While fuel economy and environmental concerns provide much of the motivation for buying a small car, John Filiss of SeriousWheels.com counts off some other motivations. “Very small cars can be quite endearing in appearance, and there are microcar clubs around the world for people who collect old Isettas, Messerschmidts, and other very tiny cars from yesteryear. Another aspect is that smaller cars are regarded by many as being more fun to drive.
"Of all the small car manufacturers today, Mini has probably succeeded the most brilliantly at making this a big part of their marketing. A small go-cart has a more visceral feel than a full-size car, including sports cars that may have better performance figures, and that same quality is definitely evident in smaller cars versus their larger counterparts. So long as you don’t have an intimidation factor of being surrounded by much larger vehicles, tiny cars are also easier to drive; traffic lanes always have plenty of width, you can turn on a dime, and almost any parking space will do.”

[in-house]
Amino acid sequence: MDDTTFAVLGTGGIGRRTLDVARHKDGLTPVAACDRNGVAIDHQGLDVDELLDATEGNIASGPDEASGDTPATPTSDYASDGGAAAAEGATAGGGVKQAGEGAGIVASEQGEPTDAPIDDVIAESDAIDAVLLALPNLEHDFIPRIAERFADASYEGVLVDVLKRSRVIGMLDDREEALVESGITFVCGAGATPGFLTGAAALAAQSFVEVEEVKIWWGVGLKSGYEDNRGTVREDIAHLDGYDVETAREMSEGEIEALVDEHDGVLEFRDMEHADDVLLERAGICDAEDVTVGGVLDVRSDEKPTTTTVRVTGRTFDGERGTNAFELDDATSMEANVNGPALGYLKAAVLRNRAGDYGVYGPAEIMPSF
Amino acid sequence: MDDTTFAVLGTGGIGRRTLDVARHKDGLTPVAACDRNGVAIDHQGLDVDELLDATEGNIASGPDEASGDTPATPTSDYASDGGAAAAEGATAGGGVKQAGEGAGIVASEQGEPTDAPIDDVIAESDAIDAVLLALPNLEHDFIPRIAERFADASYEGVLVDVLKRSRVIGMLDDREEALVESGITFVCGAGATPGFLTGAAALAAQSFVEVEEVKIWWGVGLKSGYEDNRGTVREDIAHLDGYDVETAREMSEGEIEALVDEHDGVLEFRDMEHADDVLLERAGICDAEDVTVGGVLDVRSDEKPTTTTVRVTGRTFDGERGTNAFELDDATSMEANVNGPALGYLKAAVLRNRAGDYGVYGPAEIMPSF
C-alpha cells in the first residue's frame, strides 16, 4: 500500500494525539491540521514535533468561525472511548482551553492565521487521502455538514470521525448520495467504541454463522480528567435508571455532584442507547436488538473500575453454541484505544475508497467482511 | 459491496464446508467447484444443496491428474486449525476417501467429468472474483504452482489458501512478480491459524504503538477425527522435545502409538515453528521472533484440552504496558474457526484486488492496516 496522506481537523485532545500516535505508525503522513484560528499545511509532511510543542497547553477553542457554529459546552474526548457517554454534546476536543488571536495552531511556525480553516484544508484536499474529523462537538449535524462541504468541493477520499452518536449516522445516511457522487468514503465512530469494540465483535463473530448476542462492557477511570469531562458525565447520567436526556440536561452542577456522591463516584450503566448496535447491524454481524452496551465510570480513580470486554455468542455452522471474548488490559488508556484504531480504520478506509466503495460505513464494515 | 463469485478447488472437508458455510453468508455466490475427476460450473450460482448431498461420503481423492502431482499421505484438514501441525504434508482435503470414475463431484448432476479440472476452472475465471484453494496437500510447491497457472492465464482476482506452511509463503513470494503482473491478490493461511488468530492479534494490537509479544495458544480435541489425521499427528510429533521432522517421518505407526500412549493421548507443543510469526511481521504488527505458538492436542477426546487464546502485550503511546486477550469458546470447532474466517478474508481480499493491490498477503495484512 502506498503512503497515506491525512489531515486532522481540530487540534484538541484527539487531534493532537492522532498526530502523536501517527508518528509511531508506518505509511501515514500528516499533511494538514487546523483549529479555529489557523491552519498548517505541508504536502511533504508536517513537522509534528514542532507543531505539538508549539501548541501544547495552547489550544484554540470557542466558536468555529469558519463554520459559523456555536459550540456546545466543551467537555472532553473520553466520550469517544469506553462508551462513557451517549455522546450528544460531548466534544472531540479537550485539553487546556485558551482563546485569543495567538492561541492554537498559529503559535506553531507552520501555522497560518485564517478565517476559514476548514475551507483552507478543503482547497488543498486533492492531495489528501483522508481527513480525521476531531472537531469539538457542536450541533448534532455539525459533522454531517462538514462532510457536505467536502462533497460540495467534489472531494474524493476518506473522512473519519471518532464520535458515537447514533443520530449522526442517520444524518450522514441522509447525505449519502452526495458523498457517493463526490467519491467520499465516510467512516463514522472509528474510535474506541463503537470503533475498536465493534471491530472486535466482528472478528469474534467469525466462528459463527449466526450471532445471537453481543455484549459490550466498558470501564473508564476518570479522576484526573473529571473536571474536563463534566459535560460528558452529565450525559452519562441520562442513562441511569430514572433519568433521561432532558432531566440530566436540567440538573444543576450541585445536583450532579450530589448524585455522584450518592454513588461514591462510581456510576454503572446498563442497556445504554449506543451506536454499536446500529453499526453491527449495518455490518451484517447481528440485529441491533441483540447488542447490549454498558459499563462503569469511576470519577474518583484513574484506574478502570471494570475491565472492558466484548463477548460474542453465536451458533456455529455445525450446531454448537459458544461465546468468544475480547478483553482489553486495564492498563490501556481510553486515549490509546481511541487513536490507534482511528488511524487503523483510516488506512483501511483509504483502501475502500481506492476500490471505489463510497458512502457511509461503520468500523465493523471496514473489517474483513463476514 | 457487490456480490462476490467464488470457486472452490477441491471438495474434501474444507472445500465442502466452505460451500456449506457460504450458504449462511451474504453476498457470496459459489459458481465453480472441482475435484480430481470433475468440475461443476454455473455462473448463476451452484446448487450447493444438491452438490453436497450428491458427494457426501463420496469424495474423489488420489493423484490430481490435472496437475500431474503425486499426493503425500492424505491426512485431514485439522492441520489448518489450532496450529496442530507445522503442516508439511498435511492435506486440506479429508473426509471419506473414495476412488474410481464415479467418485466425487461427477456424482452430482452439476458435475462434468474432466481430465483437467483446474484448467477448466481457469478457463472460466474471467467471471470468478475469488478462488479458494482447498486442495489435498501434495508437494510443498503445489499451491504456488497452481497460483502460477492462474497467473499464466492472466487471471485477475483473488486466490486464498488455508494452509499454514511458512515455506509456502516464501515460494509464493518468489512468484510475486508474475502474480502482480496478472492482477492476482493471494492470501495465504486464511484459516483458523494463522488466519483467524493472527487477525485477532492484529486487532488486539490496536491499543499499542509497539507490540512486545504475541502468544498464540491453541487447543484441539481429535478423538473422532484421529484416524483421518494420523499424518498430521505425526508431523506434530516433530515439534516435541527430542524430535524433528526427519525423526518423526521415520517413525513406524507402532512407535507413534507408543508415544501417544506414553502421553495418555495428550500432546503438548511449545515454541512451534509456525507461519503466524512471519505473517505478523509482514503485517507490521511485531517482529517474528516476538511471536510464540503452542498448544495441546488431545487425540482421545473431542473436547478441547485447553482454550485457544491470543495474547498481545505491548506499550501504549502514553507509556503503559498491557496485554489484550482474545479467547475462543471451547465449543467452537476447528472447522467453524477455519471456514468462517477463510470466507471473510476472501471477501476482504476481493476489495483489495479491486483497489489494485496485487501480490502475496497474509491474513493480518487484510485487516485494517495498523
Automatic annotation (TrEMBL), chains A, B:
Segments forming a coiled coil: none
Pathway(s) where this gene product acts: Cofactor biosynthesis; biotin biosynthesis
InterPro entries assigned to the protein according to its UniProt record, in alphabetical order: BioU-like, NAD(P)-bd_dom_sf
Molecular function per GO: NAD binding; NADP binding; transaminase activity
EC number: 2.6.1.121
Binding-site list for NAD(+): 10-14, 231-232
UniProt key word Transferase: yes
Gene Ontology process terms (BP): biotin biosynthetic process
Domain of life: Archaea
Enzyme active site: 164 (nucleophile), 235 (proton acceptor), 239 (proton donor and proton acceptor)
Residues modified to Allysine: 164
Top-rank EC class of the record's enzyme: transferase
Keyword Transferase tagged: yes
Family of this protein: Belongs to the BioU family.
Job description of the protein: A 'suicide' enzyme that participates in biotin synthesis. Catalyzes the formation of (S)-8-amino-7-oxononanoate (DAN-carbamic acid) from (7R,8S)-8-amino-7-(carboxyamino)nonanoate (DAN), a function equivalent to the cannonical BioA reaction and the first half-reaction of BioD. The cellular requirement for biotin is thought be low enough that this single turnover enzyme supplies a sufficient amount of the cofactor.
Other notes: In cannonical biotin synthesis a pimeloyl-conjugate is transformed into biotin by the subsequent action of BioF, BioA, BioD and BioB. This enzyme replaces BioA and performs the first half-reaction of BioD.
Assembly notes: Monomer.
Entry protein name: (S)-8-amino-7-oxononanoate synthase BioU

One concern that arises when considering tiny cars is safety in the event of collision. This can vary greatly from vehicle to vehicle. “Manufacturers like Mini and Smart have put a great deal of effort into making their cars as safe as possible,” says Filiss. “There are some basic physics that work against small cars in a collision that are hard to completely overcome, though. A large car will usually fare much better in a collision than a small car. On the other side of the equation, however, small cars generally have better braking, better handling, and better maneuverability than larger vehicles. So your ability to avoid an accident entirely tends to be better in a smaller vehicle.”